Now that is still a bit high (>6%), but from reading some of the literature, those biodiesel figures were arrived at from experiments done on 1000 m2 ponds into which CO2 was being actively pumped, 90% of the CO2 pumped in was absorbed apparently, and so the yield was probably artificially forced-up, rather than just leaving the ponds open to the CO2 concentration from the air.

Regarding how much area would be required to fix 1 kg of CO2 per year, just work it out according to your figures. So 57.19 kg of CO2/m2; hence 1 kg would take 1/57.19 m2 = 0.0175 m2 = 175 cm2 or a patch of about 5 inches square.

Hope this helps.

Chris.

Anonymous said...

Hello,

I was just wondering where your figure of 8 photons per CO2 comes from.

Thanks

energybalance said...

Hi,

sorry I missed this one - about where does my figure of 8 photons come from. I just knew it is the truth! But it's quited on various web-sites including the wikipedia one about photosynthesis.

Hope this helps.

Regards,

Vhris.

Anonymous said...

The calculations sewem to imply that the energy flux is assumed to be 350W/Sq M. then this is multiplied by 8760 hours per day.

I doubt that this is realistic, as I look out the window now and it is quite dark. You have to assume a factor for the percentage of time the sun shines.

Anonymous said...

Ok 8760 hours per year

energybalance said...

The 350 W/m^2 figure does specifically refer to the irradiance at the top of the atmosphere, but it IS averaged over the light and dark parts of the day/year, i.e. 350 W/m^2 is 1/4 of the solar constant of around 1.4 kW/m^2.

I have amended the calculation to make it a bit more obvious and to allow for the attenuation of the sunlight as it passes through the atmosphere.

The figures given refer (as I say) to somewhere in the tropics or closer to the equator for which I am assuming a generous 5kWh/m^2/day or a yearly average of 208 W/m^2.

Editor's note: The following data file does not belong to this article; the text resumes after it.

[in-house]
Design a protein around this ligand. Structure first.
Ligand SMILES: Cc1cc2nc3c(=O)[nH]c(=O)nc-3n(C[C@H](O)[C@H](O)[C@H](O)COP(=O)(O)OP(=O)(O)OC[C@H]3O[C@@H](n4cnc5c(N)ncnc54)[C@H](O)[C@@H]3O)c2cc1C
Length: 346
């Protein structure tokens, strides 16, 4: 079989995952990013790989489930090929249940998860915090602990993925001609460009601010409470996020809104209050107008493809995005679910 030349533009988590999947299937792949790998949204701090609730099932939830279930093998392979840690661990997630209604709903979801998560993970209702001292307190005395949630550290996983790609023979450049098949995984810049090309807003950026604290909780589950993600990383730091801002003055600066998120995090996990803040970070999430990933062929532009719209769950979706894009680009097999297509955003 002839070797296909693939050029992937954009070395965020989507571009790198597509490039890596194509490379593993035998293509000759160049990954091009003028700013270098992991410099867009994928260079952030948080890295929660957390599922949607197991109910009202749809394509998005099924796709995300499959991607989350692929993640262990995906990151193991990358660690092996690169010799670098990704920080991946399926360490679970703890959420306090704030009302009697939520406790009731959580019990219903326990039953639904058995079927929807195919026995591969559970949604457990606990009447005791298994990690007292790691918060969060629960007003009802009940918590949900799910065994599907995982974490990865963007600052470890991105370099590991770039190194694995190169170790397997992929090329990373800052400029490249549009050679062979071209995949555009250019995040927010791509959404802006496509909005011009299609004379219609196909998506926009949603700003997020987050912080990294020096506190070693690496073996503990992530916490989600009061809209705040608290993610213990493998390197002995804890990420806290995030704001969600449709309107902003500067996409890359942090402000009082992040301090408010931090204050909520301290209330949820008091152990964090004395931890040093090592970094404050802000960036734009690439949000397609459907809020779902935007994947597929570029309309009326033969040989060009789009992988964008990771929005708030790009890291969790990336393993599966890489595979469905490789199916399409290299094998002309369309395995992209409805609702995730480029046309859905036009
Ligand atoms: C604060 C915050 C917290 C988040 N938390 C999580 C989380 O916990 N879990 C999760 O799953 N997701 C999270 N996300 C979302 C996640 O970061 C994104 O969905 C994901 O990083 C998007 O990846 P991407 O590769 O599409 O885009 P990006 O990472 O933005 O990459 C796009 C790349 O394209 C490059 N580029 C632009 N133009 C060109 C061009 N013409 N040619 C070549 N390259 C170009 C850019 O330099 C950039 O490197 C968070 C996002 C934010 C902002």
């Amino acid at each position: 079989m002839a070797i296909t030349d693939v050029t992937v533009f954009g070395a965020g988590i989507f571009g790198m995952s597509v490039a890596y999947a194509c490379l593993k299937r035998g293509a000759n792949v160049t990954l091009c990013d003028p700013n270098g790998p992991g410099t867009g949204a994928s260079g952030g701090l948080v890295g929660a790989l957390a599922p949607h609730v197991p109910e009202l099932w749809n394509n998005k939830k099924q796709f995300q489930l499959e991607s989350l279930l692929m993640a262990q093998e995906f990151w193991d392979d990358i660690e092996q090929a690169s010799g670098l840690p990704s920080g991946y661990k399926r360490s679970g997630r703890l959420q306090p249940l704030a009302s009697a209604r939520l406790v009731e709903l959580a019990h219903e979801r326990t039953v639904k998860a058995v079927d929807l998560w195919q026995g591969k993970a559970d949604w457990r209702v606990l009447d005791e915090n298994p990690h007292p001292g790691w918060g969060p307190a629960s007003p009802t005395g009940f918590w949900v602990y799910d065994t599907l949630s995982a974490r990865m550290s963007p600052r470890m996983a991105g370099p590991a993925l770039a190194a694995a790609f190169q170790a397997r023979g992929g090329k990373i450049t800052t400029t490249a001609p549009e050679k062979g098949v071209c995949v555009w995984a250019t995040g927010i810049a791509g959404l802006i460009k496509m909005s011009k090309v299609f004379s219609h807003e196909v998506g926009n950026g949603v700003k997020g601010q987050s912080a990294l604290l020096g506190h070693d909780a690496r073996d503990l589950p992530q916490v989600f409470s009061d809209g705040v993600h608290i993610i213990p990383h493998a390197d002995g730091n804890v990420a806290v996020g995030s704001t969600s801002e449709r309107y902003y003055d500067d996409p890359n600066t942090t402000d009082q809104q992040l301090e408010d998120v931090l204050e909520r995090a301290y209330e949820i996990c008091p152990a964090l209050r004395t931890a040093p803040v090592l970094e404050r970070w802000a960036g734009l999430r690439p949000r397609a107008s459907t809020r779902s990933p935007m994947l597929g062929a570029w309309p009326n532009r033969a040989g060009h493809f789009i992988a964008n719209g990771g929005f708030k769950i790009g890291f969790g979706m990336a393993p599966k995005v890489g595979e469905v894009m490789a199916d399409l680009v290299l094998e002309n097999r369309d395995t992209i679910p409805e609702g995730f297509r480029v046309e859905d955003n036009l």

Both units of kWh/day and mean annual W/m^2 are often quoted so it's helpful to have both to hand.

I hope this is clearer now.

By the way, there are some much more recent postings about photosynthetic efficiencies and algae production which might be of interest to you, based on some quoted yields by a company called PetroSun.

Regards,

Chris Rhodes.

billahrens said...

OK, now I understand energy flux numbers. 208 W/sq meter is reasonable average at equator.

Bill Ahrens (former anonymous)

Unknown said...

Chris,

I enjoy your blog and read it quite often. I have been sailing around the South Pacific now for 3 years and find myself in Bundaberg OZ where there is ample amounts of cane growing.

Having visited the sugar processing factory here, I believe you are incorrect in this statement:"It is particularly significant in that it is the chaff, the crop refuse that would be fermented meaning that no special crop need be planted in competition with food production"

Cheers,

Ken on S/V Trim
I believe one would have to utilize the sugar itself to get the numbers you quote.

Chris Rhodes said...

Hi Ken,

thanks for your messages. You're on a boat... wow! Well, I'm glad you are still reading my blog as you go on your voyages.

I think I see what you mean. I'm not talking specifically about sugar-cane but for the purposes of illustration assuming that cellulose plant matter (chaff) can be converted to sugars and fermented into ethanol.

For sugar cane you are quite correct of course, that it is the actual sugar that is extracted and this is fermented and converted to ethanol.

There are considerable efforts to break down cellulose to simpler sugars that can be fermented to ethanol, which is what I was trying to illustrate, in terms of the likely amount of plant mass that can be grown given prevailing levels of sunlight, and the ethanol, yield that might be got if that cellulose component of the plant were turned into ethanol at typical yields for sugar fermentation.

Does this help?

Regards (from a rainy office in South East England!),

Chris